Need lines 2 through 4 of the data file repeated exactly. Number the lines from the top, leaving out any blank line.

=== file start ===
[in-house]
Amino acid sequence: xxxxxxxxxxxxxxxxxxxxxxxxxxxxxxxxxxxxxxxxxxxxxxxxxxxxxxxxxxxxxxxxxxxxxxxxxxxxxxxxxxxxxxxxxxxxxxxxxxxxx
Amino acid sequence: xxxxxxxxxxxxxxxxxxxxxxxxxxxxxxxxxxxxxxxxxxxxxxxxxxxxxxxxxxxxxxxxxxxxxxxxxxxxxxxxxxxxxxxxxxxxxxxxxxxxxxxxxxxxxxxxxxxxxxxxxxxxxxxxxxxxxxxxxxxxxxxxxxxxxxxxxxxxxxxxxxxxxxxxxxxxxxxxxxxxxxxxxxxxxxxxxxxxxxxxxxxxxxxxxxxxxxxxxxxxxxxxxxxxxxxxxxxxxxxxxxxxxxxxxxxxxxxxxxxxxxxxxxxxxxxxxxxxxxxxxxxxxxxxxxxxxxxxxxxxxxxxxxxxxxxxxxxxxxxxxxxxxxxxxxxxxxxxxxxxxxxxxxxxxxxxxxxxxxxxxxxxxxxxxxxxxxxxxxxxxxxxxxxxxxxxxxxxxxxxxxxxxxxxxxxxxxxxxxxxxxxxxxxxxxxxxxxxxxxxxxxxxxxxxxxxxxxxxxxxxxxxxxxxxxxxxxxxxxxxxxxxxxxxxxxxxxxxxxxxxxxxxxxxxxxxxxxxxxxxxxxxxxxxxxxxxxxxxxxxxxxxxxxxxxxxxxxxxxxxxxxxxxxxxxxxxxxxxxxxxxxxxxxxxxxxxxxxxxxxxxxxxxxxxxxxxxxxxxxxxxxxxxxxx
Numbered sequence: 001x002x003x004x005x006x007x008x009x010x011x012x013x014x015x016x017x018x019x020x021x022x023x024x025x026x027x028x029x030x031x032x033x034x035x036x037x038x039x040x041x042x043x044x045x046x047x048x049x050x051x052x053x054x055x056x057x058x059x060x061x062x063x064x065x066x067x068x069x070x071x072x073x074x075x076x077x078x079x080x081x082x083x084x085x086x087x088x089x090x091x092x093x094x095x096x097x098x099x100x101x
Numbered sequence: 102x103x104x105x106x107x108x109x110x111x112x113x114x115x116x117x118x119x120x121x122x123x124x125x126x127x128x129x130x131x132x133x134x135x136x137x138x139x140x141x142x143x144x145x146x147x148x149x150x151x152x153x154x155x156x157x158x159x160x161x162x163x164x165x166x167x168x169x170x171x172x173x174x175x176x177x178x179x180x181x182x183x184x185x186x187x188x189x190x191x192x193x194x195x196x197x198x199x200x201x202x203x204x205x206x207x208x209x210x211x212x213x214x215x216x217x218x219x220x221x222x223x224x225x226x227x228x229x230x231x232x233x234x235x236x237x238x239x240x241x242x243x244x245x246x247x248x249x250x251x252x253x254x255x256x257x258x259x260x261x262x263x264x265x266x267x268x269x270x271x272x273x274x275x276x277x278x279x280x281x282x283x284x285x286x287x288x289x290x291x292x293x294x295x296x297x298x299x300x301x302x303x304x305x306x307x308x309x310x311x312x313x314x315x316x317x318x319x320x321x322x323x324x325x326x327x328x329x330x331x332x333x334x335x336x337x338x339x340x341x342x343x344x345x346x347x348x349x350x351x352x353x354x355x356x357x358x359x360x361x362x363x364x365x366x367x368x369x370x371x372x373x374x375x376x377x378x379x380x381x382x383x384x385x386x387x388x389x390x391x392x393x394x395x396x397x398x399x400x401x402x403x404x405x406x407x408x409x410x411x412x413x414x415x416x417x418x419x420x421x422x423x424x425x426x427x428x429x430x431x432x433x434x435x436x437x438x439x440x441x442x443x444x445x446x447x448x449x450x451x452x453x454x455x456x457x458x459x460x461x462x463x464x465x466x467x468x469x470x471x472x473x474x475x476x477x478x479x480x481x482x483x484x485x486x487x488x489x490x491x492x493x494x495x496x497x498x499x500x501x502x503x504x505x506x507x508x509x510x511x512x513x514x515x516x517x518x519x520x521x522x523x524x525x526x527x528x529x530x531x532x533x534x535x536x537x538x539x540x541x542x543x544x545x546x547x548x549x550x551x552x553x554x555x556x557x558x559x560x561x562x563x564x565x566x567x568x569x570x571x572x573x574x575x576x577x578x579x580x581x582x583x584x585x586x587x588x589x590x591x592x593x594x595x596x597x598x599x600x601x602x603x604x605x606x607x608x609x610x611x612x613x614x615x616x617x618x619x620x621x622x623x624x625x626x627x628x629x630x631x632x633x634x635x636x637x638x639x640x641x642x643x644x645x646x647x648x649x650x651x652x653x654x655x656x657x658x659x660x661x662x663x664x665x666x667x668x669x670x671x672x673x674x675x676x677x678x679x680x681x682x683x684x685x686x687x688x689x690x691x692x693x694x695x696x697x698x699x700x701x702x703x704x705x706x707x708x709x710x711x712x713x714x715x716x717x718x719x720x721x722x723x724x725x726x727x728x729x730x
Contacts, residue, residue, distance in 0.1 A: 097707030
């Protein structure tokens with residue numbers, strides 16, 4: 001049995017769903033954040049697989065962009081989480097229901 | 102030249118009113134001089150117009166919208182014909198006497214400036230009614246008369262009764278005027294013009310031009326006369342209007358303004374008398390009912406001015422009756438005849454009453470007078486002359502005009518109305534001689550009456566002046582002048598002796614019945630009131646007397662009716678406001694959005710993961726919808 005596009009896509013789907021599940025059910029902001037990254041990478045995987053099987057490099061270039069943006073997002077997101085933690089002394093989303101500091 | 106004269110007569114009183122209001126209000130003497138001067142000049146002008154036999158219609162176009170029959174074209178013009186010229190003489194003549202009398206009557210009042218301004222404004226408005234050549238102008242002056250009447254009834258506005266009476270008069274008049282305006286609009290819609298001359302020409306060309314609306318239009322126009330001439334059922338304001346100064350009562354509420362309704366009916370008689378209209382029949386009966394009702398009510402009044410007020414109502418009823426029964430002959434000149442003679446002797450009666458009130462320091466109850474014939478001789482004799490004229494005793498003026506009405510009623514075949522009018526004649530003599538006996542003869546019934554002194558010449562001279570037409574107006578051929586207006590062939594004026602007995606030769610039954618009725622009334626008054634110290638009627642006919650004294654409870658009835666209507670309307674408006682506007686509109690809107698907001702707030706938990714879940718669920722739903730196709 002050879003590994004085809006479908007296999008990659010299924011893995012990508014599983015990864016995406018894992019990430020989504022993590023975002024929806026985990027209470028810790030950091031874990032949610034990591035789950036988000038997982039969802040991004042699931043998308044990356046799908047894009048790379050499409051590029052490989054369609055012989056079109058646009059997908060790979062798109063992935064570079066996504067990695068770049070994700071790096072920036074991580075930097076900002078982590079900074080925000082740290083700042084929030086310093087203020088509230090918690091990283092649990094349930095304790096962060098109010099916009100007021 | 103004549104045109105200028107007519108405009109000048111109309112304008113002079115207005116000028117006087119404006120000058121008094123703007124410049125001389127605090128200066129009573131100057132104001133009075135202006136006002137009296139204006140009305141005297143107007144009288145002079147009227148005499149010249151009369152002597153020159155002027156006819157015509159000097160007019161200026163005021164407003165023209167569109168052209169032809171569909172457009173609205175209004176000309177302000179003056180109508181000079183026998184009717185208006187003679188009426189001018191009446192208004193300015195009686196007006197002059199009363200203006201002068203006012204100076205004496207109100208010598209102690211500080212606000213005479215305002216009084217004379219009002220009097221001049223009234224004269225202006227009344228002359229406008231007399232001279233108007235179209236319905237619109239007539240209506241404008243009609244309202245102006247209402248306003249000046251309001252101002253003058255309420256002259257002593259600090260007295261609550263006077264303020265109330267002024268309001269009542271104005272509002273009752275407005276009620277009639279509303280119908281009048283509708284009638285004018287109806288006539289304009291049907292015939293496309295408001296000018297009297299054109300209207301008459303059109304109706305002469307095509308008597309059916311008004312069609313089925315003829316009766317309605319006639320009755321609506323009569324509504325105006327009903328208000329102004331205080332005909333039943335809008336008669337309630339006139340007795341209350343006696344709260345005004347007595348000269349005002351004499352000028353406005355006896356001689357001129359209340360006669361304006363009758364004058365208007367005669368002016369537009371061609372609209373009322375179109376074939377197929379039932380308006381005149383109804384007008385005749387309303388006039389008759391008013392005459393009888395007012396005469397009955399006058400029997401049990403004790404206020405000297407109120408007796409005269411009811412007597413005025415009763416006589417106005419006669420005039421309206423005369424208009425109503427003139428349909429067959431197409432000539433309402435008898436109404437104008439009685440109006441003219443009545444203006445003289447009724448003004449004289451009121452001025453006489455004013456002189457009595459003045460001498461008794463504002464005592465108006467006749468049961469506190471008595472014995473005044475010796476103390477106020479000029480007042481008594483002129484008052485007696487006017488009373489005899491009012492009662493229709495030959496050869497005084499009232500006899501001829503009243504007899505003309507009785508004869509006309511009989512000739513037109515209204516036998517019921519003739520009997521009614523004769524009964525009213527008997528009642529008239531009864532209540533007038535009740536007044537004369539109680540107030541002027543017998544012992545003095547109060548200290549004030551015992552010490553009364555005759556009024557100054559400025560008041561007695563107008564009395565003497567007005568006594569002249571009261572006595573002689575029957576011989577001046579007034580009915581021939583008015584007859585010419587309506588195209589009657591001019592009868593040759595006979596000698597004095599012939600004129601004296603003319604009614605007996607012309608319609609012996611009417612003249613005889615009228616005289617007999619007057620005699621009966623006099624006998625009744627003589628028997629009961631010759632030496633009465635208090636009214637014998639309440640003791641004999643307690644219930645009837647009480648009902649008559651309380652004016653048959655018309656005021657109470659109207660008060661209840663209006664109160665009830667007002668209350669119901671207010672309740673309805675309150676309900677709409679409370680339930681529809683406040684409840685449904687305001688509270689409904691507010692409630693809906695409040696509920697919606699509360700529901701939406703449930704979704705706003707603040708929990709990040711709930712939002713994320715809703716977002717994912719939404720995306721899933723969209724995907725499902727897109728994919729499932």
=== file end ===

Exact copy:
Amino acid sequence: xxxxxxxxxxxxxxxxxxxxxxxxxxxxxxxxxxxxxxxxxxxxxxxxxxxxxxxxxxxxxxxxxxxxxxxxxxxxxxxxxxxxxxxxxxxxxxxxxxxxx
Amino acid sequence: xxxxxxxxxxxxxxxxxxxxxxxxxxxxxxxxxxxxxxxxxxxxxxxxxxxxxxxxxxxxxxxxxxxxxxxxxxxxxxxxxxxxxxxxxxxxxxxxxxxxxxxxxxxxxxxxxxxxxxxxxxxxxxxxxxxxxxxxxxxxxxxxxxxxxxxxxxxxxxxxxxxxxxxxxxxxxxxxxxxxxxxxxxxxxxxxxxxxxxxxxxxxxxxxxxxxxxxxxxxxxxxxxxxxxxxxxxxxxxxxxxxxxxxxxxxxxxxxxxxxxxxxxxxxxxxxxxxxxxxxxxxxxxxxxxxxxxxxxxxxxxxxxxxxxxxxxxxxxxxxxxxxxxxxxxxxxxxxxxxxxxxxxxxxxxxxxxxxxxxxxxxxxxxxxxxxxxxxxxxxxxxxxxxxxxxxxxxxxxxxxxxxxxxxxxxxxxxxxxxxxxxxxxxxxxxxxxxxxxxxxxxxxxxxxxxxxxxxxxxxxxxxxxxxxxxxxxxxxxxxxxxxxxxxxxxxxxxxxxxxxxxxxxxxxxxxxxxxxxxxxxxxxxxxxxxxxxxxxxxxxxxxxxxxxxxxxxxxxxxxxxxxxxxxxxxxxxxxxxxxxxxxxxxxxxxxxxxxxxxxxxxxxxxxxxxxxxxxxxxxxxxxxxxxx
Numbered sequence: 001x002x003x004x005x006x007x008x009x010x011x012x013x014x015x016x017x018x019x020x021x022x023x024x025x026x027x028x029x030x031x032x033x034x035x036x037x038x039x040x041x042x043x044x045x046x047x048x049x050x051x052x053x054x055x056x057x058x059x060x061x062x063x064x065x066x067x068x069x070x071x072x073x074x075x076x077x078x079x080x081x082x083x084x085x086x087x088x089x090x091x092x093x094x095x096x097x098x099x100x101x